The effects of aging on nostalgia in consumers' advertisement processing

Takashi Kusumi, Ken Matsuda, Eriko Sugimori

Research output: Contribution to journalArticle

7 Citations (Scopus)

Abstract

We investigated the triggers and functions of nostalgia in consumers' processing of television advertisements in relation to aging. Study 1 explored the contents and triggers of nostalgic experiences by requesting 451 undergraduates to write four different nostalgic descriptions (of scenes, songs, events, and commercials). An analysis of the descriptions using text mining revealed that nostalgic reactions occur in response to events that had been frequently repeated in the past and were separated from the present by a long time interval. Study 2 explored the functions of nostalgia among 737 consumers (15-65 years old) using a survey. Structural equation modeling revealed five steps in the processing of nostalgic advertisements. Aging facilitates a predisposition toward nostalgia. Highly nostalgic consumers are more sensitive to nostalgic triggers. Nostalgic triggers facilitate the retrieval of past events and memorization of advertisements that evoke familiarity and positive attitudes, which, in turn, facilitates the intention to purchase. Nostalgic predispositions and sensitivity to nostalgic triggers increase with age. This tendency was higher among men than among women. We proposed a model of nostalgia based on frequent repetition in the past and a long time-lag between the nostalgia-inducing event and the present.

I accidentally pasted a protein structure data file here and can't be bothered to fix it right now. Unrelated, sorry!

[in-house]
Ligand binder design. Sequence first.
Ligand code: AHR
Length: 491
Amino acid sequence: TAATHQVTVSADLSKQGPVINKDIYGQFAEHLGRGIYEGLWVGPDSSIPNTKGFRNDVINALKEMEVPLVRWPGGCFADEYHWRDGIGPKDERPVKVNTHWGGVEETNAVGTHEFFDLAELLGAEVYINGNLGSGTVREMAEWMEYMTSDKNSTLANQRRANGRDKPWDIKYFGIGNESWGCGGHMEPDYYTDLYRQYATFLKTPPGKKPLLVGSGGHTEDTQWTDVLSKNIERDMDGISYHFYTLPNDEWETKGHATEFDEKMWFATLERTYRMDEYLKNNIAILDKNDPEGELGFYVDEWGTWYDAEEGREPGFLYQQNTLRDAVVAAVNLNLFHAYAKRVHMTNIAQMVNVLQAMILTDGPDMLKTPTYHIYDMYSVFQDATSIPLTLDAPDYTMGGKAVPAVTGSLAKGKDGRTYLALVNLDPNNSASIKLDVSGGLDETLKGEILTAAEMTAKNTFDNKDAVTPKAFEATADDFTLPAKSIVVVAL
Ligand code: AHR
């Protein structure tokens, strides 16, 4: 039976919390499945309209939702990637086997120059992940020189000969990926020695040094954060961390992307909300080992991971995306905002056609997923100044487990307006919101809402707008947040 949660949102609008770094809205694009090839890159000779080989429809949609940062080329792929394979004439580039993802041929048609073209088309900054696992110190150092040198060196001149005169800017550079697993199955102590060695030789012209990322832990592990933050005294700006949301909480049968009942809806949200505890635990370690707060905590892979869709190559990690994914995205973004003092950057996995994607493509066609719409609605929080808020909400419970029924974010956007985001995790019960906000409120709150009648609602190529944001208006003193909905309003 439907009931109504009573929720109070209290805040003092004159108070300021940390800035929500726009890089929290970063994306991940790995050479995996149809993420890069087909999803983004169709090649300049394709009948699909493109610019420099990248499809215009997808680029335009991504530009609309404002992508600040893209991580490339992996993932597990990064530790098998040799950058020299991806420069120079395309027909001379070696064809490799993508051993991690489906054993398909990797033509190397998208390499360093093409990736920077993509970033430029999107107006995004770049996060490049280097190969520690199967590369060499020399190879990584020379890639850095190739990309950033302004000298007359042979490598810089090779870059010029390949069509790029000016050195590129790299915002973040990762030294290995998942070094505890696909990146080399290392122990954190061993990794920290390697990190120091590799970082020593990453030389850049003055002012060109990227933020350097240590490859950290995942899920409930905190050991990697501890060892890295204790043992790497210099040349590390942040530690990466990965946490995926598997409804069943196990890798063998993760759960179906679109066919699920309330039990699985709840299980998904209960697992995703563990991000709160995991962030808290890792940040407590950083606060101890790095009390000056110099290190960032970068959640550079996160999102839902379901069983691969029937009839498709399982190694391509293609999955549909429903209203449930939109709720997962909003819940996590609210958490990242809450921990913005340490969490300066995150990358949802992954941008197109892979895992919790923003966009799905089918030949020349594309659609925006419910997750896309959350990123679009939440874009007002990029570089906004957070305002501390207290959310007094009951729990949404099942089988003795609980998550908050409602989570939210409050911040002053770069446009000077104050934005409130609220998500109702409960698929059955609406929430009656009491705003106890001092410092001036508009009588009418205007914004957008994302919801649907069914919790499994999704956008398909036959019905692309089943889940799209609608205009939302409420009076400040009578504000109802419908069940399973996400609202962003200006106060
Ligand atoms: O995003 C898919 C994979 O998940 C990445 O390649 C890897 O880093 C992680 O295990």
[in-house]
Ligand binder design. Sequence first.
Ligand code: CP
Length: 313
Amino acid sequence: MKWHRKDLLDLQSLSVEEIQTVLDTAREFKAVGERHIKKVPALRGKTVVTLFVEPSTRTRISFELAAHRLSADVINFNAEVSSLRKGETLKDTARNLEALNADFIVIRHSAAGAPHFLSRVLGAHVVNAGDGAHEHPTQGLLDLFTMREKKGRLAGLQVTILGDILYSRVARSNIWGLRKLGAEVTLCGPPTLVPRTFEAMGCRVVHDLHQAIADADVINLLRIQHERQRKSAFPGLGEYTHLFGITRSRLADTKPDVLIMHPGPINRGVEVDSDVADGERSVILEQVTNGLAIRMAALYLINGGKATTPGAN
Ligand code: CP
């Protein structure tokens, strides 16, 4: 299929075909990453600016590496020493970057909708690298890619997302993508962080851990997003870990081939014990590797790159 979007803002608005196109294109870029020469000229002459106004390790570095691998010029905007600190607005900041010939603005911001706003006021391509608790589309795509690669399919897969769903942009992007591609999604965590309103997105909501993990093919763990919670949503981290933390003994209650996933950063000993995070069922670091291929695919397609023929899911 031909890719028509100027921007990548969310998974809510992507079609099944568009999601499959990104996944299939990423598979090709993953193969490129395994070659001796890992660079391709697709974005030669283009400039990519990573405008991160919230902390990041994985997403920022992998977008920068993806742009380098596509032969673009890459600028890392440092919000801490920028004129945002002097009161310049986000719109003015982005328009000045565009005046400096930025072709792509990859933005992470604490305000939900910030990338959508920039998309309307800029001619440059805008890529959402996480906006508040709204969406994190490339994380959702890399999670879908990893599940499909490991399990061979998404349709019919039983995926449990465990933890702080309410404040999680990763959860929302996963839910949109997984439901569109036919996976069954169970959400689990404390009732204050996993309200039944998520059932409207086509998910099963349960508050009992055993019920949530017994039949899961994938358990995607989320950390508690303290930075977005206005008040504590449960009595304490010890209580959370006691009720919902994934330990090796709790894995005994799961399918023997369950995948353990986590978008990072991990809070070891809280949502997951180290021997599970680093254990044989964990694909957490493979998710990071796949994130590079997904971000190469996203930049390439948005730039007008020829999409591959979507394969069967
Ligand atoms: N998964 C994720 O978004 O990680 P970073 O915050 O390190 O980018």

Original languageEnglish
Pages (from-to)150-162
Number of pages13
JournalJapanese Psychological Research
Volume52
Issue number3
DOIs
Publication statusPublished - 2010 Sep
Externally publishedYes

Fingerprint

Data Mining
Television
Music
Recognition (Psychology)
Surveys and Questionnaires

Keywords

  • Advertising
  • Aging
  • Consumer attitudes
  • Mere-exposure effect
  • Nostalgia

ASJC Scopus subject areas

  • Psychology(all)

Cite this

The effects of aging on nostalgia in consumers' advertisement processing. / Kusumi, Takashi; Matsuda, Ken; Sugimori, Eriko.

In: Japanese Psychological Research, Vol. 52, No. 3, 09.2010, p. 150-162.

Research output: Contribution to journalArticle

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